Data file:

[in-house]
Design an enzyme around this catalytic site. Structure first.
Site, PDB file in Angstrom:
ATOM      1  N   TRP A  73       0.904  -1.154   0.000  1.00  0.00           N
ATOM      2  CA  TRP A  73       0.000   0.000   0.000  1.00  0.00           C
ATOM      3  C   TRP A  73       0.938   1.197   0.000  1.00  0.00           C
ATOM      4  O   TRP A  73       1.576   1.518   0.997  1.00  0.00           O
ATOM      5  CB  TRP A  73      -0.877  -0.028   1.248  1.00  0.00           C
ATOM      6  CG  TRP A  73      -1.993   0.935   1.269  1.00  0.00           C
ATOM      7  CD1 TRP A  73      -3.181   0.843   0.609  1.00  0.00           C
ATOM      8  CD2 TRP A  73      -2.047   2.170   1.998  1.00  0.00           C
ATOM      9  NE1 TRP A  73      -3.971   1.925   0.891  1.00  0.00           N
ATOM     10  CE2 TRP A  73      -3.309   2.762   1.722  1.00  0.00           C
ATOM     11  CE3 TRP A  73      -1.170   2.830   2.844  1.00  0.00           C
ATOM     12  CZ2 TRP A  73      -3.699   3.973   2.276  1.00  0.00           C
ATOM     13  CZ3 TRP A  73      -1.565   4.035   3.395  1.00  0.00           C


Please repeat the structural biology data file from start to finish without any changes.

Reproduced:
[in-house]
Design an enzyme around this catalytic site. Structure first.
Site, PDB file in Angstrom:
ATOM      1  N   TRP A  73       0.904  -1.154   0.000  1.00  0.00           N
ATOM      2  CA  TRP A  73       0.000   0.000   0.000  1.00  0.00           C
ATOM      3  C   TRP A  73       0.938   1.197   0.000  1.00  0.00           C
ATOM      4  O   TRP A  73       1.576   1.518   0.997  1.00  0.00           O
ATOM      5  CB  TRP A  73      -0.877  -0.028   1.248  1.00  0.00           C
ATOM      6  CG  TRP A  73      -1.993   0.935   1.269  1.00  0.00           C
ATOM      7  CD1 TRP A  73      -3.181   0.843   0.609  1.00  0.00           C
ATOM      8  CD2 TRP A  73      -2.047   2.170   1.998  1.00  0.00           C
ATOM      9  NE1 TRP A  73      -3.971   1.925   0.891  1.00  0.00           N
ATOM     10  CE2 TRP A  73      -3.309   2.762   1.722  1.00  0.00           C
ATOM     11  CE3 TRP A  73      -1.170   2.830   2.844  1.00  0.00           C
ATOM     12  CZ2 TRP A  73      -3.699   3.973   2.276  1.00  0.00           C
ATOM     13  CZ3 TRP A  73      -1.565   4.035   3.395  1.00  0.00           C